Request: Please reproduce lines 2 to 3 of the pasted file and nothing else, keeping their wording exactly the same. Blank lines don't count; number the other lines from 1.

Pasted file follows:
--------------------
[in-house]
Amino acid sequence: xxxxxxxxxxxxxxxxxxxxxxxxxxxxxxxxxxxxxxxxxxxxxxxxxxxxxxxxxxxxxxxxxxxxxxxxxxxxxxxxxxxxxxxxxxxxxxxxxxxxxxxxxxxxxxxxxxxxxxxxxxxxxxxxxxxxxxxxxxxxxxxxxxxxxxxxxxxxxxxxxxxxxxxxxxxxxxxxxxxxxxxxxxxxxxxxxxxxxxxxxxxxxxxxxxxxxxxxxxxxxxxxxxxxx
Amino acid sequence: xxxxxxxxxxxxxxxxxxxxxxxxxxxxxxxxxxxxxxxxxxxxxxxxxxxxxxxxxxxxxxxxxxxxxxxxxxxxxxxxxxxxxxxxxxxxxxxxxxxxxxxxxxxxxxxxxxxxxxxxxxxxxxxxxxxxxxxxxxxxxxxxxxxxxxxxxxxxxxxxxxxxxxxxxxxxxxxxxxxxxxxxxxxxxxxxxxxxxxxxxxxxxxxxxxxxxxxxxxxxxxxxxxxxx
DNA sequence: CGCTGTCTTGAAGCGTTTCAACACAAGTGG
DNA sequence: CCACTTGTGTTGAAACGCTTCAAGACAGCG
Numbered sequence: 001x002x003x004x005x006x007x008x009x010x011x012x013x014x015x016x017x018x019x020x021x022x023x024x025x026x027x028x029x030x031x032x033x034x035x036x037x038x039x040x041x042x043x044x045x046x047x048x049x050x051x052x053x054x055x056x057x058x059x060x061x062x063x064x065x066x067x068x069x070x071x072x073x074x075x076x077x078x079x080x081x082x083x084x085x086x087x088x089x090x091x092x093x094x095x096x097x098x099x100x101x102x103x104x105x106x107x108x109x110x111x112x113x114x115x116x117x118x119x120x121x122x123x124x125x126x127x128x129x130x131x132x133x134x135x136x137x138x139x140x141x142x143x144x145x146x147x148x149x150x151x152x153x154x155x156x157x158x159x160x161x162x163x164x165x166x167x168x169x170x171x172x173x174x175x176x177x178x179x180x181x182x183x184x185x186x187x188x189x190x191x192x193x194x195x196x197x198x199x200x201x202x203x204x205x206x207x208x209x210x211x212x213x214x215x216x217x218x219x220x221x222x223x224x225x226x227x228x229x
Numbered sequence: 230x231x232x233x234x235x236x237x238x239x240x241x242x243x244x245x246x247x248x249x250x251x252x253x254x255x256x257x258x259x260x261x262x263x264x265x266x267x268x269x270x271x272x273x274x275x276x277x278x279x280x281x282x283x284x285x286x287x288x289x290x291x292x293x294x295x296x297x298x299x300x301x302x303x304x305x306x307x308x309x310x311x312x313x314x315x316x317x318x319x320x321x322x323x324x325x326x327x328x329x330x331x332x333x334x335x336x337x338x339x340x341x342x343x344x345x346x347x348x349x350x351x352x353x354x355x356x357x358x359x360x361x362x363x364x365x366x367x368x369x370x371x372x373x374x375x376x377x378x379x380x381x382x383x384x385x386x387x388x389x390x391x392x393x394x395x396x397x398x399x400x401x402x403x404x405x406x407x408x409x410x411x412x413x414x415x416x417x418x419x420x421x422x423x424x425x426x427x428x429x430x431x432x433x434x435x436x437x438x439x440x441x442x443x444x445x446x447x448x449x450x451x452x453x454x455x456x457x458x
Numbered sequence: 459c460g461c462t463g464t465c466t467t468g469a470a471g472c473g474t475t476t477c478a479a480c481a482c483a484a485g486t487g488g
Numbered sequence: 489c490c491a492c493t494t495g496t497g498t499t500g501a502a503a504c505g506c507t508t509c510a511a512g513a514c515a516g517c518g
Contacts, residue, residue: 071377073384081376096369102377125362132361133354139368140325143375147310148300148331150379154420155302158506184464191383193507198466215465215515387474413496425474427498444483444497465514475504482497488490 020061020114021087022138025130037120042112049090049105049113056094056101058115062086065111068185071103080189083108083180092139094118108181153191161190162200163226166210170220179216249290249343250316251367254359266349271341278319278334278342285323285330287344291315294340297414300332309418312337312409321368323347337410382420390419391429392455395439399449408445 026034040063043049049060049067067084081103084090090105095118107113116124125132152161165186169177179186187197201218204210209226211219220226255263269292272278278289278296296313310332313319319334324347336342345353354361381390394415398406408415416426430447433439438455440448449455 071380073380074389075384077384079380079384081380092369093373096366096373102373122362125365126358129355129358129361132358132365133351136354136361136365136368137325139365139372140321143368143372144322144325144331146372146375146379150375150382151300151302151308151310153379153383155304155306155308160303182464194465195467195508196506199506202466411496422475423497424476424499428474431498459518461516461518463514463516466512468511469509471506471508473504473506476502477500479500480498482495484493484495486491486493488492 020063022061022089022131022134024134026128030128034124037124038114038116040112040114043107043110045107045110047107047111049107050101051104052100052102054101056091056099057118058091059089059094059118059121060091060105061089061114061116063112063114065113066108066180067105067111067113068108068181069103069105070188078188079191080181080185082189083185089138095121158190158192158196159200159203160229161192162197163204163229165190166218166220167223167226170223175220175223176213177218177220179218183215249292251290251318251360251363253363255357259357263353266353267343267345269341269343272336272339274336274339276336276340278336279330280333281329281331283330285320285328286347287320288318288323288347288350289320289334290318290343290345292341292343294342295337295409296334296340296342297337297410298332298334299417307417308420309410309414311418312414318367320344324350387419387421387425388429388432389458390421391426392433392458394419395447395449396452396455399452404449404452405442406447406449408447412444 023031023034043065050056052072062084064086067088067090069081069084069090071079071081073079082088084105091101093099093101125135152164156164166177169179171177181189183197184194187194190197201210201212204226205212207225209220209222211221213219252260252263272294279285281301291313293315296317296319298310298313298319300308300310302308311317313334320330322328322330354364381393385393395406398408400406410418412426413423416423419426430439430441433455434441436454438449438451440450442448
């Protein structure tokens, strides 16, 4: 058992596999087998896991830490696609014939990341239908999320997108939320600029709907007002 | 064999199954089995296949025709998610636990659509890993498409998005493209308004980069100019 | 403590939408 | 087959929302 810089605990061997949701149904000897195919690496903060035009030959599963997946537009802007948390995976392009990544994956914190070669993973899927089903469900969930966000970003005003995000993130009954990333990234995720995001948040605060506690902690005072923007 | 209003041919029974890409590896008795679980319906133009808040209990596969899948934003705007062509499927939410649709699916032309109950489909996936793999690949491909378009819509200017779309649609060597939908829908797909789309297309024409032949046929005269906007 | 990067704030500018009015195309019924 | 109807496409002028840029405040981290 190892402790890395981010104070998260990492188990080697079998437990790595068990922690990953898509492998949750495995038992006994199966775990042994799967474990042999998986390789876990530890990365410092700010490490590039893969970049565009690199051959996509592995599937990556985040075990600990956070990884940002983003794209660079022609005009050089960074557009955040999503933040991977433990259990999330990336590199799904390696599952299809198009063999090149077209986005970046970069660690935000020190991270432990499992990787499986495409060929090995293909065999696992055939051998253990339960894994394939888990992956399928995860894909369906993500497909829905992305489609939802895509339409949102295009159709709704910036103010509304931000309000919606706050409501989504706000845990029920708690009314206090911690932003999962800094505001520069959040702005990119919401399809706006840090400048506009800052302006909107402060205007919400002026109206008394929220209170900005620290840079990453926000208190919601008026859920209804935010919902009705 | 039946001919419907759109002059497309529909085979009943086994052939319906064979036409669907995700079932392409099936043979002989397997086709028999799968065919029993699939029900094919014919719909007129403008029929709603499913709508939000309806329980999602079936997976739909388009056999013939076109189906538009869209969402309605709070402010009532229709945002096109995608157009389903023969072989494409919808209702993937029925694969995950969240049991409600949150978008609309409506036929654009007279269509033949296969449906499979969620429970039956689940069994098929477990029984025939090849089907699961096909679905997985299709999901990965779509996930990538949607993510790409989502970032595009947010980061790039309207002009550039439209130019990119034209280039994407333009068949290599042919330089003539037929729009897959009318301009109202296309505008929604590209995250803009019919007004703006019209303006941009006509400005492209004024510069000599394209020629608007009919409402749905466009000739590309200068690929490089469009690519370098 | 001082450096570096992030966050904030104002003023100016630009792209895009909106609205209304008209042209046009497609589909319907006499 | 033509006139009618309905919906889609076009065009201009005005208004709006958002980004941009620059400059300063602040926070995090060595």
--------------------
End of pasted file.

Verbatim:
Amino acid sequence: xxxxxxxxxxxxxxxxxxxxxxxxxxxxxxxxxxxxxxxxxxxxxxxxxxxxxxxxxxxxxxxxxxxxxxxxxxxxxxxxxxxxxxxxxxxxxxxxxxxxxxxxxxxxxxxxxxxxxxxxxxxxxxxxxxxxxxxxxxxxxxxxxxxxxxxxxxxxxxxxxxxxxxxxxxxxxxxxxxxxxxxxxxxxxxxxxxxxxxxxxxxxxxxxxxxxxxxxxxxxxxxxxxxxx
Amino acid sequence: xxxxxxxxxxxxxxxxxxxxxxxxxxxxxxxxxxxxxxxxxxxxxxxxxxxxxxxxxxxxxxxxxxxxxxxxxxxxxxxxxxxxxxxxxxxxxxxxxxxxxxxxxxxxxxxxxxxxxxxxxxxxxxxxxxxxxxxxxxxxxxxxxxxxxxxxxxxxxxxxxxxxxxxxxxxxxxxxxxxxxxxxxxxxxxxxxxxxxxxxxxxxxxxxxxxxxxxxxxxxxxxxxxxxx